Forget the FCC — Should the FTC Enforce Net Neutrality?

Republicans argue existing antitrust laws can prevent abuse.

"Man Controlling Trade," by Michael Lantz, 1942; outside the Federal Trade Commission Building.
National Journal
Brendan Sasso
Add to Briefcase
Brendan Sasso
June 20, 2014, 10:50 a.m.

The whole de­bate over net neut­ral­ity is fo­cus­ing on the wrong agency, ac­cord­ing to con­gres­sion­al Re­pub­lic­ans.

The Fed­er­al Trade Com­mis­sion — not the Fed­er­al Com­mu­nic­a­tions Com­mis­sion — should po­lice ab­uses by In­ter­net ser­vice pro­viders, the law­makers ar­gued dur­ing a House Ju­di­ciary Com­mit­tee hear­ing Fri­day.

While the FCC has broad power to reg­u­late com­mu­nic­a­tions net­works, the FTC fo­cuses on ab­us­ive busi­ness prac­tices that harm com­pet­i­tion and con­sumers in all sec­tors.

Net neut­ral­ity is the prin­ciple that In­ter­net ser­vice pro­viders shouldn’t ma­nip­u­late what con­sumers can ac­cess on­line. Ad­voc­ates fear that without gov­ern­ment rules, pro­viders like Com­cast could lim­it ac­cess to in­form­a­tion or cre­ate a two-tiered In­ter­net that be­ne­fits the largest cor­por­a­tions.

House Ju­di­ciary Com­mit­tee Chair­man Bob Good­latte, a Vir­gin­ia Re­pub­lic­an, said the gov­ern­ment shouldn’t stand by and al­low broad­band pro­viders to en­gage in an­ti­com­pet­it­ive be­ha­vi­or, but he warned that ri­gid net-neut­ral­ity reg­u­la­tions could stifle in­nov­a­tion.

“I be­lieve that vig­or­ous ap­plic­a­tion of the an­ti­trust laws can pre­vent dom­in­ant In­ter­net ser­vice pro­viders from dis­crim­in­at­ing against com­pet­it­ors’ con­tent or en­ga­ging in an­ti­com­pet­it­ive pri­cing prac­tices,” Good­latte said dur­ing the hear­ing of the Sub­com­mit­tee on Reg­u­lat­ory Re­form, Com­mer­cial and An­ti­trust Law.

He ac­know­ledged that the an­ti­trust laws — which pro­hib­it busi­nesses from re­strain­ing com­pet­i­tion — may have to be up­dated so they can be “promptly and ef­fect­ively” ap­plied to the In­ter­net mar­ket­place.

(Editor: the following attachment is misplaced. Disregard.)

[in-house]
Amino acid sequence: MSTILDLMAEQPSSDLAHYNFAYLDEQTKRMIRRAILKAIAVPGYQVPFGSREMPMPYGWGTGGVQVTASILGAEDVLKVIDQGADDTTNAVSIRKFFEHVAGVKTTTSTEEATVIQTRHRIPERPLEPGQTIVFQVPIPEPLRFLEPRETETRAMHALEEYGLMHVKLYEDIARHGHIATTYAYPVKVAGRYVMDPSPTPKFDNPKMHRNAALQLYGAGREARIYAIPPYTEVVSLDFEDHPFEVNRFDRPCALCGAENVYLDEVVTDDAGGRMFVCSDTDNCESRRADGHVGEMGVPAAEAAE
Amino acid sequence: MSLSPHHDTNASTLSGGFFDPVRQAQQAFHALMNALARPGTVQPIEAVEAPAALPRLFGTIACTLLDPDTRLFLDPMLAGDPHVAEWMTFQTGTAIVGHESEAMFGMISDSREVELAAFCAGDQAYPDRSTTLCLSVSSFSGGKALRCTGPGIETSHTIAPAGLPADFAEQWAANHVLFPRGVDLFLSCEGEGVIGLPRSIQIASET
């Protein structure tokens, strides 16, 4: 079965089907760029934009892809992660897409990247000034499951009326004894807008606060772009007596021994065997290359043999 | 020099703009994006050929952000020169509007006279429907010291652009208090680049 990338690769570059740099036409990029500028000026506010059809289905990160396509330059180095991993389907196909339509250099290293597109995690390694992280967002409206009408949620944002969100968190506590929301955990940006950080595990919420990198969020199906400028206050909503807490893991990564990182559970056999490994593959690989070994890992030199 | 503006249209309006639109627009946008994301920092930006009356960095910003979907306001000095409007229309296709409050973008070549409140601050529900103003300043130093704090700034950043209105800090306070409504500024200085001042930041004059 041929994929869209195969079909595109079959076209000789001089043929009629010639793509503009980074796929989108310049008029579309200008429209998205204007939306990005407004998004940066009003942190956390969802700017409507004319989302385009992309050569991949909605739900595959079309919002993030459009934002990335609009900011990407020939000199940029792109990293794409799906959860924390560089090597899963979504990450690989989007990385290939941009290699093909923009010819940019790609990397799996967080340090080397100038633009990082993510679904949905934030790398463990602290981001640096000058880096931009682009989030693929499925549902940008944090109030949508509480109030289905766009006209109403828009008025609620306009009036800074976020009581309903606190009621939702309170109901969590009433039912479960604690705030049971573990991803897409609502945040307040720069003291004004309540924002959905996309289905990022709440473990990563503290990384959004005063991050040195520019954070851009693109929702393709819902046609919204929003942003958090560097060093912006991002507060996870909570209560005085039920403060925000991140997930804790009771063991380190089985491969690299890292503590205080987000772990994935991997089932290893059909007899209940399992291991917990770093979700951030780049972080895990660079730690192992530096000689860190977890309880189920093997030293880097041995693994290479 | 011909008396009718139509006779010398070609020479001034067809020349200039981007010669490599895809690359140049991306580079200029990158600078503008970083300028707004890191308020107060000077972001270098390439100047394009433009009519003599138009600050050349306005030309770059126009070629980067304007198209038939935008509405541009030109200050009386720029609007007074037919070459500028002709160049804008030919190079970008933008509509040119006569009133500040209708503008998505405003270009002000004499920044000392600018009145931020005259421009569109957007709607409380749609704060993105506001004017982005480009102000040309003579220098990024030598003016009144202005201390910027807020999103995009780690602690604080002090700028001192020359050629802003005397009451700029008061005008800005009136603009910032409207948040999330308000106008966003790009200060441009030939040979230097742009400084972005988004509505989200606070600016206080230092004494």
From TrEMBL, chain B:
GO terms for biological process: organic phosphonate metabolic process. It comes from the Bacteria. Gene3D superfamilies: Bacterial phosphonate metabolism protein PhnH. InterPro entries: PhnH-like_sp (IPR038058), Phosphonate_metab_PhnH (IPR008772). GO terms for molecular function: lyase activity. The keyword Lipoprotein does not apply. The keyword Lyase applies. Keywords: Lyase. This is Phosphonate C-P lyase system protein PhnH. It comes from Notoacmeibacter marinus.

Re­pub­lic­an FTC Com­mis­sion­er Joshua Wright agreed that his agency is up to the task. He ar­gued that an­ti­trust is a “su­per­i­or ana­lyt­ic­al frame­work” be­cause it re­lies on eco­nom­ic ana­lys­is to pro­tect con­sumer wel­fare.

But Demo­crats warned that an­ti­trust en­force­ment by the FTC is too nar­row to pre­vent the range of po­ten­tial ab­uses by In­ter­net ser­vice pro­viders.

Rep. John Con­yers, the top Demo­crat on the Ju­di­ciary Com­mit­tee, said an­ti­trust can’t ad­dress noneco­nom­ic harms, such as re­stric­tions on free speech and polit­ic­al de­bate on the In­ter­net. He sug­ges­ted he could be open to the FTC tak­ing a lead­ing role on net neut­ral­ity if the agency re­lied on a broad in­ter­pret­a­tion of its power to com­bat “un­fair” busi­ness prac­tices — but he noted that Re­pub­lic­ans wouldn’t sup­port that ap­proach.

Tim Wu, a Columbia Uni­versity law pro­fess­or who coined the term “net neut­ral­ity,” also ar­gued that the FCC should con­tin­ue to take the lead on net-neut­ral­ity reg­u­la­tions.

“I have the highest ad­mir­a­tion for the an­ti­trust laws,” Wu test­i­fied. “But I simply don’t think they’re equipped to handle the broad range of val­ues and policies that are im­plic­ated by net neut­ral­ity and the open In­ter­net.”

He ar­gued that the gov­ern­ment must not only pro­tect com­pet­i­tion but also en­sure that In­ter­net pro­viders don’t block polit­ic­ally con­tro­ver­sial web­sites, loc­al news sources, or small blogs. Those val­ues wouldn’t be in­cluded in a tra­di­tion­al an­ti­trust ana­lys­is, he said.

But Rep. Dar­rell Issa, a Cali­for­nia Re­pub­lic­an, laid in­to Wu, claim­ing the law pro­fess­or was ad­voc­at­ing gov­ern­ment con­trol of on­line speech. Issa noted that the FCC already reg­u­lates of­fens­ive speech on broad­cast TV.

“This is the FCC’s role. They’re a reg­u­lat­ory policy en­tity that ac­tu­ally does lim­it free speech,” Issa said. Wu countered that net neut­ral­ity is the “ex­act op­pos­ite” be­cause it en­sures In­ter­net pro­viders don’t con­trol on­line speech.

The FCC en­acted net-neut­ral­ity reg­u­la­tions in 2010 that barred In­ter­net pro­viders from block­ing web­sites or “un­reas­on­ably” dis­crim­in­at­ing against any traffic. But Ve­r­i­zon sued, and the D.C. Cir­cuit Court of Ap­peals struck the rules down earli­er this year.

FCC Chair­man Tom Wheel­er is now try­ing to re­write the reg­u­la­tions in a way that can sur­vive fu­ture court chal­lenges. His pro­pos­al would still bar In­ter­net pro­viders from block­ing web­sites, but would al­low them to charge web­sites for faster ser­vice as long as the agree­ments are “com­mer­cially reas­on­able.” That change has promp­ted a massive blow­back from lib­er­als, who fear it could dis­tort the In­ter­net in fa­vor of com­pan­ies that can pay for the spe­cial “fast lanes.”

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